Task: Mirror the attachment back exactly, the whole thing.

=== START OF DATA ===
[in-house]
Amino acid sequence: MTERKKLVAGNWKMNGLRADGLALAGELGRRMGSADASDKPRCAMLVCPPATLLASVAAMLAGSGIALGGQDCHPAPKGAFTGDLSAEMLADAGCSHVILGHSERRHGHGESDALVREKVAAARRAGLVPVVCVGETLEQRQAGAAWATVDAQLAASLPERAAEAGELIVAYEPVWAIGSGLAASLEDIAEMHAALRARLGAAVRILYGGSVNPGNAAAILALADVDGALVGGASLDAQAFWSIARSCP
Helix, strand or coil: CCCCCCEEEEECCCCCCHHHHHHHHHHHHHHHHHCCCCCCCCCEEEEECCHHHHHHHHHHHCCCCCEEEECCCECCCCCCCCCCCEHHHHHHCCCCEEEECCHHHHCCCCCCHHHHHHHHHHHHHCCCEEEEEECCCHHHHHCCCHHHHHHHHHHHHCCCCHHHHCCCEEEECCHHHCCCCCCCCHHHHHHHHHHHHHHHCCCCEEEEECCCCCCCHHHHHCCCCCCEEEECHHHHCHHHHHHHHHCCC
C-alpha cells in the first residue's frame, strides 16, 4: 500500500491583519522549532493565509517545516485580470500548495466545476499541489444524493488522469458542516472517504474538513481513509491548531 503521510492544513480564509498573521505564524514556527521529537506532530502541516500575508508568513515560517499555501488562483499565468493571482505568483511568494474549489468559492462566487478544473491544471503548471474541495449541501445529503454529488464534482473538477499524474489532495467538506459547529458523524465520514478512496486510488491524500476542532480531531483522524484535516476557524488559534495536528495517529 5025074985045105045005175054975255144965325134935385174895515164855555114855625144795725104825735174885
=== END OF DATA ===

[in-house]
Amino acid sequence: MTERKKLVAGNWKMNGLRADGLALAGELGRRMGSADASDKPRCAMLVCPPATLLASVAAMLAGSGIALGGQDCHPAPKGAFTGDLSAEMLADAGCSHVILGHSERRHGHGESDALVREKVAAARRAGLVPVVCVGETLEQRQAGAAWATVDAQLAASLPERAAEAGELIVAYEPVWAIGSGLAASLEDIAEMHAALRARLGAAVRILYGGSVNPGNAAAILALADVDGALVGGASLDAQAFWSIARSCP
Helix, strand or coil: CCCCCCEEEEECCCCCCHHHHHHHHHHHHHHHHHCCCCCCCCCEEEEECCHHHHHHHHHHHCCCCCEEEECCCECCCCCCCCCCCEHHHHHHCCCCEEEECCHHHHCCCCCCHHHHHHHHHHHHHCCCEEEEEECCCHHHHHCCCHHHHHHHHHHHHCCCCHHHHCCCEEEECCHHHCCCCCCCCHHHHHHHHHHHHHHHCCCCEEEEECCCCCCCHHHHHCCCCCCEEEECHHHHCHHHHHHHHHCCC
C-alpha cells in the first residue's frame, strides 16, 4: 500500500491583519522549532493565509517545516485580470500548495466545476499541489444524493488522469458542516472517504474538513481513509491548531 503521510492544513480564509498573521505564524514556527521529537506532530502541516500575508508568513515560517499555501488562483499565468493571482505568483511568494474549489468559492462566487478544473491544471503548471474541495449541501445529503454529488464534482473538477499524474489532495467538506459547529458523524465520514478512496486510488491524500476542532480531531483522524484535516476557524488559534495536528495517529 5025074985045105045005175054975255144965325134935385174895515164855555114855625144795725104825735174885